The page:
Day 11: Latest Developments In Ukraine

IRPIN, UKRAINE - MARCH 06: (EDITORS' NOTE: Image contains graphic content) A Ukrainian soldier walks past the corpses of a family lying on the ground after shelling by the Russian army at the evacuation point of Irpi... IRPIN, UKRAINE - MARCH 06: (EDITORS' NOTE: Image contains graphic content) A Ukrainian soldier walks past the corpses of a family lying on the ground after shelling by the Russian army at the evacuation point of Irpin, several members of the same family have been killed in this attack while trying to flee, on March 6, 2022, in Irpin, Ukraine. Ukraine suspended the evacuation of civilians at other points, such as Mariupol, in view of the breakdown of the cease-fire, in order to open humanitarian corridors, by Russia. The United Nations estimates that this Sunday, March 6, the number of Ukrainian refugees could reach 1.5 million. The number of civilians killed in the conflict is close to 3,000 and almost 4,000 wounded according to Ukrainian government sources. After Visa and Mastercard joined the list of companies that are closing their subsidiaries in Russia, Putin said that the sanctions imposed by the West and his companies are "a declaration of war". In addition, the Russian president signed a decree ordering the Council of Ministers to draw up a list of countries that have carried out "unfriendly actions" . (Photo By Diego Herrera/Europa Press via Getty Images) MORE LESS
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Russia’s invasion of Ukraine continued to plod forward through the weekend.

Here are the latest developments:

  • At least three members of a family were killed as a result of shelling in the town of Irpin, outside Kyiv, on Sunday. A Russian force advancing on Kyiv fired mortar shells at a battered bridge used by people fleeing the fighting. The attack happened after attempts to arrange a humanitarian corridor failed on Sunday morning.
  • Russian forces also continued to shell the Ukrainian port city of Mariupol on Saturday, despite previously agreeing to a ceasefire hours before. The ceasefire agreement was a deal overseen by the International Committee of the Red Cross. On Sunday, Ukraine made a second attempt to evacuate civilians from the besieged cities of Mariupol and the nearby city of Volnovakha. But plans for humanitarian corridors to evacuate the cities have collapsed. Ukrainian authorities said on Sunday that an evacuation from Mariupol has been canceled because Russian attacks would not relent.
    • “The evacuation convoy with local residents was never able to leave Mariupol today: the Russians began to regroup their forces and heavy shelling of the city. It is extremely dangerous to evacuate people in such conditions,” Pavlo Kyrylenko, head of the Donetsk Region administration, said in a Facebook post on Sunday. “The convoy with humanitarian aid, which left Zaporizhzhya towards Mariupol today, has not yet reached its destination and is currently on its way,” Kyrrylenko added.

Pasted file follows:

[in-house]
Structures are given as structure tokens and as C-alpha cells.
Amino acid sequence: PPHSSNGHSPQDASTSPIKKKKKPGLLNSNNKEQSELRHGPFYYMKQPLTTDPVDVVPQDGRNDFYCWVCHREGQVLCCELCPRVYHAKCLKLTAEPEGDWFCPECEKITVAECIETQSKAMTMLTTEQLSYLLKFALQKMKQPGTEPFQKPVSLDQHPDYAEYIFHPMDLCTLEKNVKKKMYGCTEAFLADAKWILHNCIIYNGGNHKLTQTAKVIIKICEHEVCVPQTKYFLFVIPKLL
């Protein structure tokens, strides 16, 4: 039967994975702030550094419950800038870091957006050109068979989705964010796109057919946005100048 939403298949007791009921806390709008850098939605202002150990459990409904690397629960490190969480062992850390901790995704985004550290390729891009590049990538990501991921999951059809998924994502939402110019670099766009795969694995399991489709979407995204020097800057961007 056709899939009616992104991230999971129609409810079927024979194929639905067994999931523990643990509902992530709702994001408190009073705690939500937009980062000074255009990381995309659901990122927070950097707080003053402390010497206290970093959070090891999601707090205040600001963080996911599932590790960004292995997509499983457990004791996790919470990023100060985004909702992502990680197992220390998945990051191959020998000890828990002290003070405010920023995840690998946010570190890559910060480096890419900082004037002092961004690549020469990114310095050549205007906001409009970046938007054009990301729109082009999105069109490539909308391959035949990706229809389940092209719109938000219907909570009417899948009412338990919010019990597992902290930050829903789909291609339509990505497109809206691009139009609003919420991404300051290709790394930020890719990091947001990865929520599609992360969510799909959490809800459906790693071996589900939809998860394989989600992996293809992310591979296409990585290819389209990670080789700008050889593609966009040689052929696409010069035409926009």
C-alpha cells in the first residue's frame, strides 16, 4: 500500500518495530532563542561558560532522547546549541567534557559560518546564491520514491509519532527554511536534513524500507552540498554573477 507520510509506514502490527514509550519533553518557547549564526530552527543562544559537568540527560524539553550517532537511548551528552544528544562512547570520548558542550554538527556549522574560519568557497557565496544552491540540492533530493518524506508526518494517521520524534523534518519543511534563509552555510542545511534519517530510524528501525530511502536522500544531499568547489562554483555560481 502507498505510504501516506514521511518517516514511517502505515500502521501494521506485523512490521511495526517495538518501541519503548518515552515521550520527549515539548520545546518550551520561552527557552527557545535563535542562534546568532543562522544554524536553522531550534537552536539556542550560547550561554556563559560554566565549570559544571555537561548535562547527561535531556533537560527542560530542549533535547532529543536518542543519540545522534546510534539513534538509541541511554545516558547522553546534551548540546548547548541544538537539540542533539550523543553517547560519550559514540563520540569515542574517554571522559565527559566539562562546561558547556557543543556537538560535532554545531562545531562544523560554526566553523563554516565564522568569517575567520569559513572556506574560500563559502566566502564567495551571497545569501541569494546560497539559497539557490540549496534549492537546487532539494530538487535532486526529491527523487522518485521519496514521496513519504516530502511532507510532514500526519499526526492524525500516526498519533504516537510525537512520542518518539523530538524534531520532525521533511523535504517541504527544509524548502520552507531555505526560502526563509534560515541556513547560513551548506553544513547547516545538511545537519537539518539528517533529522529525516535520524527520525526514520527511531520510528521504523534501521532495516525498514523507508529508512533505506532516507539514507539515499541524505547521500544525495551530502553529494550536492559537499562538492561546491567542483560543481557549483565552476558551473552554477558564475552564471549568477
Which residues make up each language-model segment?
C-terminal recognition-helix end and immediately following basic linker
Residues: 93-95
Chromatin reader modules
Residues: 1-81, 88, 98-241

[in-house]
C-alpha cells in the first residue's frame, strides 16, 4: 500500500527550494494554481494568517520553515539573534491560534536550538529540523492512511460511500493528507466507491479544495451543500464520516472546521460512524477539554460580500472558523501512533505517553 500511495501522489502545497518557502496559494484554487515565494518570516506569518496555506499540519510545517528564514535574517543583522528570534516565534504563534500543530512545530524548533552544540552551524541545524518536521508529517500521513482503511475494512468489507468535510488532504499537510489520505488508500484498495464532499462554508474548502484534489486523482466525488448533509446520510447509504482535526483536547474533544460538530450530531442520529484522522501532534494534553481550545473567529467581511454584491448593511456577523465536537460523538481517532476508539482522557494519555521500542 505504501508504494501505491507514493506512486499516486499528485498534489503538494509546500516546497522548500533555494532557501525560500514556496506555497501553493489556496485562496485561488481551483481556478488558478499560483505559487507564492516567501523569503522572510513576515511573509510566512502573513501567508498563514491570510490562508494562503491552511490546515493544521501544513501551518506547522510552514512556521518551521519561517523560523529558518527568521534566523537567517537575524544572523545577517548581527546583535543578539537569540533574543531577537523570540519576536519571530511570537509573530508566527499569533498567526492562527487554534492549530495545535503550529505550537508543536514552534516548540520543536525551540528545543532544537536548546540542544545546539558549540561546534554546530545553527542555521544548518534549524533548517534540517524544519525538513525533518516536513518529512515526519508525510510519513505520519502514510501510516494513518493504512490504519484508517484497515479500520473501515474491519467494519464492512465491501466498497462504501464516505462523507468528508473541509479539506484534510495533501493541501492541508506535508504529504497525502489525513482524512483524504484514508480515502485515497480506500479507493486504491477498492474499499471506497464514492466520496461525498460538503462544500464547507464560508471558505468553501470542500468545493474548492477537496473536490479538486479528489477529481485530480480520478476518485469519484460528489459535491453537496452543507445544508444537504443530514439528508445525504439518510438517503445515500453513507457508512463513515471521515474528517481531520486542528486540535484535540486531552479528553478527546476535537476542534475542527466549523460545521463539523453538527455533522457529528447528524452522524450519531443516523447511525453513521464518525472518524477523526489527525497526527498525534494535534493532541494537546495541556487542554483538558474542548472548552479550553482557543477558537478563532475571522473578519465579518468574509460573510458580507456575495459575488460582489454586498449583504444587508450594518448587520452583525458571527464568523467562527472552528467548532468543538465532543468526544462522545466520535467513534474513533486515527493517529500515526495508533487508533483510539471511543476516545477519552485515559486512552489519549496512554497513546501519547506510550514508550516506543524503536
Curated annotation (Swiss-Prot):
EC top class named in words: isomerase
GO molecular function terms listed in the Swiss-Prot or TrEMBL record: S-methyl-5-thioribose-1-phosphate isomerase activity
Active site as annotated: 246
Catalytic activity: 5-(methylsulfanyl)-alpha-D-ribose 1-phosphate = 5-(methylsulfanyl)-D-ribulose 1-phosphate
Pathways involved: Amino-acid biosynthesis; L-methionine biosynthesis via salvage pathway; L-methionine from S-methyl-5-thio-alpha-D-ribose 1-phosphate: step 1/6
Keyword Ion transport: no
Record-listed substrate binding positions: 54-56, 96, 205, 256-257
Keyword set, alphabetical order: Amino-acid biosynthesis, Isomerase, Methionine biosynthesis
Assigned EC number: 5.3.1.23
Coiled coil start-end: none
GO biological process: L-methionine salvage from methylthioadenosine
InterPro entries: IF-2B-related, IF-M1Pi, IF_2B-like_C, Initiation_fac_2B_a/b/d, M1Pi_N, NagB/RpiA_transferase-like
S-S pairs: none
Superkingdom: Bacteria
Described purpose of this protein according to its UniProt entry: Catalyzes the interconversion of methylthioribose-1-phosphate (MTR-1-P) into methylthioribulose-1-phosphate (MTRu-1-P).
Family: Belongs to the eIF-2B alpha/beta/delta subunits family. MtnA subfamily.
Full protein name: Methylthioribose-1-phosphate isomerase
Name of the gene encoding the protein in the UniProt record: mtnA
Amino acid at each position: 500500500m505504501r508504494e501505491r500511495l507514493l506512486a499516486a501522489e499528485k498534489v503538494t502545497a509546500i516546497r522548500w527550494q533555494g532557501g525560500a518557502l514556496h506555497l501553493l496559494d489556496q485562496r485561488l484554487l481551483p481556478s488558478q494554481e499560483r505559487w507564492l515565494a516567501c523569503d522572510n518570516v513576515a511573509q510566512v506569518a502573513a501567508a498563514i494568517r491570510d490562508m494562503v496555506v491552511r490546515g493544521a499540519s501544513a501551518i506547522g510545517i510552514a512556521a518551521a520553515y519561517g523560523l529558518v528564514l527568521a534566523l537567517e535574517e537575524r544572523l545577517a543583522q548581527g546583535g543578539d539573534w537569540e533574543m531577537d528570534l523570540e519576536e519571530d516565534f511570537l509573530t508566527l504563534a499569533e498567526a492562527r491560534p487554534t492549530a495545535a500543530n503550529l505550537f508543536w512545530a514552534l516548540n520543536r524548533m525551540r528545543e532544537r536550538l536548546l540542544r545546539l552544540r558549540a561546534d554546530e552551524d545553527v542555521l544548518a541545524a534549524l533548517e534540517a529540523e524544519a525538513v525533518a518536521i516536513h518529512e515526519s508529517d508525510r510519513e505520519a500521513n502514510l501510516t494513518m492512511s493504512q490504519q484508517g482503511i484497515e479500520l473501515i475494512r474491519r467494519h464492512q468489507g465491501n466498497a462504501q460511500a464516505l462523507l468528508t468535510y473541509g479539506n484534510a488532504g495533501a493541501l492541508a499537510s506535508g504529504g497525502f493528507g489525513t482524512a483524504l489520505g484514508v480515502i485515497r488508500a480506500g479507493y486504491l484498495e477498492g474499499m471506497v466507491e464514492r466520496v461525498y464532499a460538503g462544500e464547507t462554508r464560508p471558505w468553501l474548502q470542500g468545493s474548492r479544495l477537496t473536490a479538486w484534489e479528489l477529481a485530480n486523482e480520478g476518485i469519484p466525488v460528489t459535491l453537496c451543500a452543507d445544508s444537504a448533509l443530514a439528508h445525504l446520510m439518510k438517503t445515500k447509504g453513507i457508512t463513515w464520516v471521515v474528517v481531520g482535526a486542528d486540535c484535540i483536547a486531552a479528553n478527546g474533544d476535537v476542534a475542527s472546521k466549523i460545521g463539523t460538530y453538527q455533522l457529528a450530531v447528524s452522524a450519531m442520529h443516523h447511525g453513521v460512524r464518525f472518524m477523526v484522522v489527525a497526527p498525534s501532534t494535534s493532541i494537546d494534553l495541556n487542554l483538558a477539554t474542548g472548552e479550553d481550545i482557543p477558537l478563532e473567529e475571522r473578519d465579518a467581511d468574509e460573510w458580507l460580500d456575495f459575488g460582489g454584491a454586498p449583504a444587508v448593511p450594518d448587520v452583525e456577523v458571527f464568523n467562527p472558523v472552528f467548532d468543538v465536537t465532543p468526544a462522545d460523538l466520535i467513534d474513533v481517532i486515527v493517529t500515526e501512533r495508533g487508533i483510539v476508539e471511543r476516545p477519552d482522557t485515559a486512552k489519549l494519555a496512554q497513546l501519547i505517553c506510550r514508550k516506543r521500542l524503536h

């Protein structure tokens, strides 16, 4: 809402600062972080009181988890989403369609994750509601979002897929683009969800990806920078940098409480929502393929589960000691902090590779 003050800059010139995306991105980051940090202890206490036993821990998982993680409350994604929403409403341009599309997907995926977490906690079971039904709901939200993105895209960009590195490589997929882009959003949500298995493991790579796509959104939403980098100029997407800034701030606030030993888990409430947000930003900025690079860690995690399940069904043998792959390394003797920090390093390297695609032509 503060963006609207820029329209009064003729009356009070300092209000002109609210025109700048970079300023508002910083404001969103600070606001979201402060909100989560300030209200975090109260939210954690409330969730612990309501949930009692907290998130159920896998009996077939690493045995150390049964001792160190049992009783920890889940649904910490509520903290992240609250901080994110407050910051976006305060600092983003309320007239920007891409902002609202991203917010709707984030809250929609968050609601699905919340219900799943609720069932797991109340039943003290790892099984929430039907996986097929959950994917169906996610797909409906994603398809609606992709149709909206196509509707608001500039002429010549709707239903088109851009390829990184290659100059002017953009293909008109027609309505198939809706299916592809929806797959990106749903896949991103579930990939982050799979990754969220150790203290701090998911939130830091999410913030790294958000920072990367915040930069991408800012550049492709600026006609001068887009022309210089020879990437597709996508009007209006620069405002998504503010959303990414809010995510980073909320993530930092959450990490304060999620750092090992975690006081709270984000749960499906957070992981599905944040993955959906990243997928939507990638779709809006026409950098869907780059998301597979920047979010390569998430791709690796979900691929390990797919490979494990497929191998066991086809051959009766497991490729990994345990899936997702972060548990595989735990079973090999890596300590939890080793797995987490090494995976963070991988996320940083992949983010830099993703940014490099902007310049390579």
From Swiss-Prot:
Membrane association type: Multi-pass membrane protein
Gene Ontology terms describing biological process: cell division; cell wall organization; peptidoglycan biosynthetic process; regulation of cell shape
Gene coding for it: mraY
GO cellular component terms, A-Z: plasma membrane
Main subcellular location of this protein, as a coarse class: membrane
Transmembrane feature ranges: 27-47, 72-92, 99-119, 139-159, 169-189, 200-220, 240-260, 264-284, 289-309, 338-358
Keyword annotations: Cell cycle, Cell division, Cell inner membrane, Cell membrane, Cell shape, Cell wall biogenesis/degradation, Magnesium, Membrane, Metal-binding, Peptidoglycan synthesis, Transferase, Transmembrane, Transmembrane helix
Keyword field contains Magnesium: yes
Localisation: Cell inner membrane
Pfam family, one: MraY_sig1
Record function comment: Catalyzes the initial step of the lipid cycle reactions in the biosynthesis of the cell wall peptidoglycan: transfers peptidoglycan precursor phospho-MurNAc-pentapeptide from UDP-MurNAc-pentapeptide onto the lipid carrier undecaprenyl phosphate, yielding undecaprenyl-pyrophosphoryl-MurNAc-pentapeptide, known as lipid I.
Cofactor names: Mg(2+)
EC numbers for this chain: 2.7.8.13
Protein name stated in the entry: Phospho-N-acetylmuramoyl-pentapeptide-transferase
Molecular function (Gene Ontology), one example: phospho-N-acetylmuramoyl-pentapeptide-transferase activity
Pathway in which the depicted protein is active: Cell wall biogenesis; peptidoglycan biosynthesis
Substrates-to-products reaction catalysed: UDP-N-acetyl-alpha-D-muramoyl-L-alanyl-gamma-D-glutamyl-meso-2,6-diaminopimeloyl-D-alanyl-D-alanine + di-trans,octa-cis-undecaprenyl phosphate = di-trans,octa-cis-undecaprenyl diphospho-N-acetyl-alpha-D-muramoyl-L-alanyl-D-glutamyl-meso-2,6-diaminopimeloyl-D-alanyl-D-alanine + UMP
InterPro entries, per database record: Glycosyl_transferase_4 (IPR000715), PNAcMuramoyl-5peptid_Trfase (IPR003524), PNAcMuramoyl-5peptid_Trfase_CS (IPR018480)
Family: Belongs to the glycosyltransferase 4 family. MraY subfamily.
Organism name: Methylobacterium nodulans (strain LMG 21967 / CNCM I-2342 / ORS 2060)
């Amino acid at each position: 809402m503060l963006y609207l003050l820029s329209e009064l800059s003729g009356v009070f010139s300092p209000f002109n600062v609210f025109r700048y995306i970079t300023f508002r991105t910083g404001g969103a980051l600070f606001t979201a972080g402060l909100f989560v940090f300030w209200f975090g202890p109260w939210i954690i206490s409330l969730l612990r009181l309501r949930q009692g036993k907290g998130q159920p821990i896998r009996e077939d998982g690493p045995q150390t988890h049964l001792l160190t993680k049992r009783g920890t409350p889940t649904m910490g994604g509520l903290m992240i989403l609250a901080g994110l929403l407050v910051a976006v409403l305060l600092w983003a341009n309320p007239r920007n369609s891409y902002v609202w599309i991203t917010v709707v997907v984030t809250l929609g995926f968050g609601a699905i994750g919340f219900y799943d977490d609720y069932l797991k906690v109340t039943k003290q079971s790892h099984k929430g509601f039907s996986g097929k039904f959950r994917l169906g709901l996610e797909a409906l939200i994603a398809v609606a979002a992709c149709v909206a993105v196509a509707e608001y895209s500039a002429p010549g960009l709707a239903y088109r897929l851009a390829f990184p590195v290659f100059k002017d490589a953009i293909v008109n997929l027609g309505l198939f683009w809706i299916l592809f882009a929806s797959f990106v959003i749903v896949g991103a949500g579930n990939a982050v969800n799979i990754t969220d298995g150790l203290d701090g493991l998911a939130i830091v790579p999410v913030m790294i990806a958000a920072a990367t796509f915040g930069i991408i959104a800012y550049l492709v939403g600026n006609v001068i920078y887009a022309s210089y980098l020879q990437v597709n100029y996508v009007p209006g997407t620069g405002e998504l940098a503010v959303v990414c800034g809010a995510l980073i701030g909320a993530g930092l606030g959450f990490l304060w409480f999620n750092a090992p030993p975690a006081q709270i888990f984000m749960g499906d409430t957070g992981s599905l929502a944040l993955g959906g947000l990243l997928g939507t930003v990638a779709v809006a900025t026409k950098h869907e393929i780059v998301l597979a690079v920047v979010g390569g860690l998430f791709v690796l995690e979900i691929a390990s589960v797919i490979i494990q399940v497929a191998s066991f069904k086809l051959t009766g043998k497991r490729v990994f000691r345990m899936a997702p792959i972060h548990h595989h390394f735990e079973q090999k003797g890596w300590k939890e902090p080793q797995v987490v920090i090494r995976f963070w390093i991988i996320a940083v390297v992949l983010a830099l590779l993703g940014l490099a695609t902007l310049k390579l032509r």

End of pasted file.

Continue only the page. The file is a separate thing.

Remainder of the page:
• The U.S. is exploring a deal that would involve Poland sending Soviet-era aircraft to Ukraine in return for American F-16 jet fighters, a move aimed at aiding Ukraine’s response to Russia’s invasion. The deal, which would require White House approval and congressional action, followed Ukrainian President Volodymyr Zelensky’s plea to U.S. lawmakers on Saturday for help with establishing a no-fly zone over Ukraine. Russian President Putin has threatened that any countries that implement a no-fly zone over Ukraine would be considered “participants in a military conflict.”
  • Mastercard and Visa suspended their operations in Russia on Saturday, dealing another major blow to the country’s financial system in response to its invasion of Ukraine.
  • In talks with Putin on Sunday, Turkish President Recep Tayyip Erdogan urged a ceasefire that would not only ease the humanitarian concerns in the region, but also provide an opportunity to seek a political solution.” Additionally, Erdogan urged Putin to open humanitarian corridors and sign a peace agreement, according to Erdogan’s office.
    • In a statement following Erdogan and Putin’s hourlong phone call, Erdogan’s office said the Turkish president told Putin that Turkey was ready to contribute to a peaceful resolution of the conflict.
      “President Erdogan, who said an immediate ceasefire will not only ease humanitarian concerns in the region but also give the search for a political solution an opportunity, renewed his call of ‘let’s pave the way for peace together’,” his office said.
    • Erdogan’s call with Putin followed the Russian president’s unannounced meeting with Israeli Prime Minister Naftali Bennett earlier Sunday. Bennett also spoke with Ukrainian President Volodymyr Zelensky, their third conversation in the past 24 hours. Bennett offered no details of his talks with any of the leaders, but said that he will press forward with efforts to broker an end to the conflict.
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